Drive is moving your lamb in a forward, steady pace in the direction that you choose. This takes a lot of practice and exercising of your lamb because you will be moving them around the arena without a halter!
Lambs should walk freely and easily. They should not be trying to break away from your hands.
With the lamb happy to leave their head in your hand. It lets you make other adjustments such as head carriage and it allows the judge to see the lambs’ conformation and muscle and bone structure. He is also able to encourage forward movement by keeping the nose up
When lambs become tired of walking, they may become vocal and begin throwing little tantrums by stopping, pulling or jumping!
Lambs can be spooky and it will take time and practice to work them out of it. Just stay with them and keep training. If you have to lean forward to pull your lamb, keep practicing. Make time to work with an experienced showman. Ask for help!
Keys to Training for Drive & Direction
Pick a cool part of the day or early evening.
Daily Practice moving your lamb in a large circle or figure eight pattern (figure 8 patterns keep things fresh and changing for the lamb and perfect your transitions from hand to hand).
Stop at different points of your walk and stand for 2-3 minutes. This may feel like forever but will help develop patience in both you and the lamb! This will pay off later at the show where they are required to stand quietly for periods of time!
Lead your lamb forward for 5 minutes and gradually extend the time to 20 minutes. This will take some time to develop the stamina. Just keep moving forward at a steady pace.
Tip – To Lead a Stubborn Lamb– Take a little bit of sweet grain in your free hand and place it right in front of the lamb’s nose. This will encourage forward movement. If your lamb at the show is still putting on the brakes, rub your hand in some sweet feed. Your lamb will smell it on your hand and it will be a good distraction.
Figure Eight Tips
The main purpose of the figure eight pattern in practice is to demonstrate the ability to change sides of the lamb as you change directions. It’s a great training tool.
RULE: Always stay on the “rail side” of the lamb, as the judge will always be in the center of the ring. The lamb must always be between you and the eyes of the judge and switching sides smoothly will take practice. You will most likely never perform a figure eight pattern at a show because shows are generally a circle pattern. The class usually starts in a clockwise circle.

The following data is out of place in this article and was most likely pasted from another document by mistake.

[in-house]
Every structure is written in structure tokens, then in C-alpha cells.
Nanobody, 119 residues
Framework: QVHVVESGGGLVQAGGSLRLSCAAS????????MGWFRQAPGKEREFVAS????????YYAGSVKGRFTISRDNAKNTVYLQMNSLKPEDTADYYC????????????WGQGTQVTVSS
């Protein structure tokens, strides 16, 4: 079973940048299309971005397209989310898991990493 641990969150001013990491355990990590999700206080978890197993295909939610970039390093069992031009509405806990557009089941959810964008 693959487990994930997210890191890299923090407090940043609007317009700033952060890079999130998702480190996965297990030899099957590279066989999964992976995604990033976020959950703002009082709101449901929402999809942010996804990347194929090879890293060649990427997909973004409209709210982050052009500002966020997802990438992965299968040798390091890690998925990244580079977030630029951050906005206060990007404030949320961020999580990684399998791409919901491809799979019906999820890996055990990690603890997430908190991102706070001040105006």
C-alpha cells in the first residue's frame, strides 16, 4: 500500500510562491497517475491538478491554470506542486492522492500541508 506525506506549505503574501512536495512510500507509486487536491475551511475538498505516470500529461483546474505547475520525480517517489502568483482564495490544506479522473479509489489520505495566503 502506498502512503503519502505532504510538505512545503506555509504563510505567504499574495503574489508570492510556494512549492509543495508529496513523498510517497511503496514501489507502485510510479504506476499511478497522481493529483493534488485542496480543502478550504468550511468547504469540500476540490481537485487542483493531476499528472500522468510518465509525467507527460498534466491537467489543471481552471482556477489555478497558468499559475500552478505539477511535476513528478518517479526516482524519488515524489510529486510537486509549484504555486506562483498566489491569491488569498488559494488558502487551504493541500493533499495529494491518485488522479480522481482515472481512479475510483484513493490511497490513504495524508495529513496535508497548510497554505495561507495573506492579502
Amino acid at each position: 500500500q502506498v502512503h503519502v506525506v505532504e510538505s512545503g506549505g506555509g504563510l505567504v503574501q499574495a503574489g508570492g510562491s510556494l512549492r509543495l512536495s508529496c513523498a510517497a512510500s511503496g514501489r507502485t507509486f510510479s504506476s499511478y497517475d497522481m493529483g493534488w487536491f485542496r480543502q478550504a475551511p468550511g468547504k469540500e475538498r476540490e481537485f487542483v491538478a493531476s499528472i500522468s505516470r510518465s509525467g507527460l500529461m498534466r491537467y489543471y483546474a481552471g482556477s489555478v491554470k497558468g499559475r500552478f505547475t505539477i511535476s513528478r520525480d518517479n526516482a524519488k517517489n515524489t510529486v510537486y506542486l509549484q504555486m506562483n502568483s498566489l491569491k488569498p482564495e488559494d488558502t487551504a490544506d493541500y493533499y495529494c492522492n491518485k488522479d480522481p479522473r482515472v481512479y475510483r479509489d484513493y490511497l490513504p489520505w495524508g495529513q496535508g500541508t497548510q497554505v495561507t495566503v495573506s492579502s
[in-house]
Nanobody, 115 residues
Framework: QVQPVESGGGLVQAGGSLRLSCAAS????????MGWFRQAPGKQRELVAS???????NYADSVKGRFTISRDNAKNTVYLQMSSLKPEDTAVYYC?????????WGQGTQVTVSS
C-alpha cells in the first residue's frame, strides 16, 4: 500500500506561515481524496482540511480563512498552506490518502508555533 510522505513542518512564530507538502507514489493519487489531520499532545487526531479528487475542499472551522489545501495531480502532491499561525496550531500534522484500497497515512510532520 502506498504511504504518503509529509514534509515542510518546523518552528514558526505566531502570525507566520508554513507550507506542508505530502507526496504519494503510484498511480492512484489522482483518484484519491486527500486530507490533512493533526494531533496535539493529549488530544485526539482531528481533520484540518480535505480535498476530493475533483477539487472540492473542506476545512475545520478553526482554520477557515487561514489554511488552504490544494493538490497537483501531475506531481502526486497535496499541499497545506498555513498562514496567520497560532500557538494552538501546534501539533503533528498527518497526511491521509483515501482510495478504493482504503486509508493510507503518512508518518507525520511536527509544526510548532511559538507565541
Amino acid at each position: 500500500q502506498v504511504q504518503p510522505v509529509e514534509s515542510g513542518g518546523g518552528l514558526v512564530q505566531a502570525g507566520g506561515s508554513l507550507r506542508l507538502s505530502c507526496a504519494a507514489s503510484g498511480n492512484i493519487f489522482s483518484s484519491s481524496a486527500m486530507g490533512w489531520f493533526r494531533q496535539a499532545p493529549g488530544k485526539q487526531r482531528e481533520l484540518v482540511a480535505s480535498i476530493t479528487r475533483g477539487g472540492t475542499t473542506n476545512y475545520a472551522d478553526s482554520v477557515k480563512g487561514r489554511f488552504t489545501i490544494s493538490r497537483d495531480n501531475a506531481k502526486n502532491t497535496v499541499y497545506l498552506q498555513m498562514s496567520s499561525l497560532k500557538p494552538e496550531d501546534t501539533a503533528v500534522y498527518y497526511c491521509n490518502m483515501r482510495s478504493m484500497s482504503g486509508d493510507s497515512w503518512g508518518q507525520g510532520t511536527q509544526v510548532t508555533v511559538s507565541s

To perform this pattern:
Left Side: Driving the lamb to the left will require you to use your left hand under the chin and use your right at the back of the head and to make other adjustments and encourage forward movement as needed.
Center: as you pass the center point, smoothly cross in front of your lamb and switch to the right hand under the chin & the left hand at the back of the head.
Right Side: Driving the lamb to the right will require you to use your right hand under the chin and use your left hand at the back of the head and to make other adjustments and encourage forward movement as needed.
Forward from a Stop: To drive the lamb forward, using whichever hand is at the back of the head, with two or four fingers, tap the lambs back, hip or tail. This should help increase the pace.
Every day, practice these steps. Be patient and persistent! Things will start taking shape! Keep practicing forward movement until the show is over! It can never be enough!
Setting up your Lamb for Show
Setting up your lamb will require more patience and more daily practice. Lambs need to become acclimated to standing quietly at full attention and not move until you que them.
Goals: Showcase Your Lamb’s Best Physical Qualities
- Length of Body
- Width of hips
- The thickness of muscling and bone
- Your Showmanship and Presentation Skills
Here is a championship class with experienced showmen who have set their lambs to make it a hard choice for the judge! When you are in the ring, your goal is to set up your lamb quickly to be square on all four legs, back braced and head up. See how square, wide and thick this lamb is? You can bet that these showmen worked hard for months to develop her skills and train their lamb for this moment. A well-trained lamb will quickly set up and stay in this formation